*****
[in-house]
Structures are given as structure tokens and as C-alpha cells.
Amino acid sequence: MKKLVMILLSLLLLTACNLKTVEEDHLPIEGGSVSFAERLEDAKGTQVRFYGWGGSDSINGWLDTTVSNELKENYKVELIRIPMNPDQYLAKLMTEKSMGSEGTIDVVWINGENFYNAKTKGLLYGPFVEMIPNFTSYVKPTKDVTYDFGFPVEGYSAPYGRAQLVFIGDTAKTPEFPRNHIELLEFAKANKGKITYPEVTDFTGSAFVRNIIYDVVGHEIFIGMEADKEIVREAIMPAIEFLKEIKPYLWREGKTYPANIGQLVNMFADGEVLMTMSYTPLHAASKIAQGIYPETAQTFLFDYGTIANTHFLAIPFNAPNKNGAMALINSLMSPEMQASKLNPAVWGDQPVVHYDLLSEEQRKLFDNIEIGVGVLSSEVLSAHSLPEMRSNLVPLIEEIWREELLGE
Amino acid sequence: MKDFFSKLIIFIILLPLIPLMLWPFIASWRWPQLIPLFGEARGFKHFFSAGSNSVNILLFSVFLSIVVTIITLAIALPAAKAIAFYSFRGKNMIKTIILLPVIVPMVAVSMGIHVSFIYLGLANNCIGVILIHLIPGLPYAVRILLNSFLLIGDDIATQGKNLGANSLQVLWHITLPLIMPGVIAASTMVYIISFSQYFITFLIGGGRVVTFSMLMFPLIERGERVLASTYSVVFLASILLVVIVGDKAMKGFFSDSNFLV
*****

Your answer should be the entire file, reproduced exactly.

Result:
[in-house]
Structures are given as structure tokens and as C-alpha cells.
Amino acid sequence: MKKLVMILLSLLLLTACNLKTVEEDHLPIEGGSVSFAERLEDAKGTQVRFYGWGGSDSINGWLDTTVSNELKENYKVELIRIPMNPDQYLAKLMTEKSMGSEGTIDVVWINGENFYNAKTKGLLYGPFVEMIPNFTSYVKPTKDVTYDFGFPVEGYSAPYGRAQLVFIGDTAKTPEFPRNHIELLEFAKANKGKITYPEVTDFTGSAFVRNIIYDVVGHEIFIGMEADKEIVREAIMPAIEFLKEIKPYLWREGKTYPANIGQLVNMFADGEVLMTMSYTPLHAASKIAQGIYPETAQTFLFDYGTIANTHFLAIPFNAPNKNGAMALINSLMSPEMQASKLNPAVWGDQPVVHYDLLSEEQRKLFDNIEIGVGVLSSEVLSAHSLPEMRSNLVPLIEEIWREELLGE
Amino acid sequence: MKDFFSKLIIFIILLPLIPLMLWPFIASWRWPQLIPLFGEARGFKHFFSAGSNSVNILLFSVFLSIVVTIITLAIALPAAKAIAFYSFRGKNMIKTIILLPVIVPMVAVSMGIHVSFIYLGLANNCIGVILIHLIPGLPYAVRILLNSFLLIGDDIATQGKNLGANSLQVLWHITLPLIMPGVIAASTMVYIISFSQYFITFLIGGGRVVTFSMLMFPLIERGERVLASTYSVVFLASILLVVIVGDKAMKGFFSDSNFLV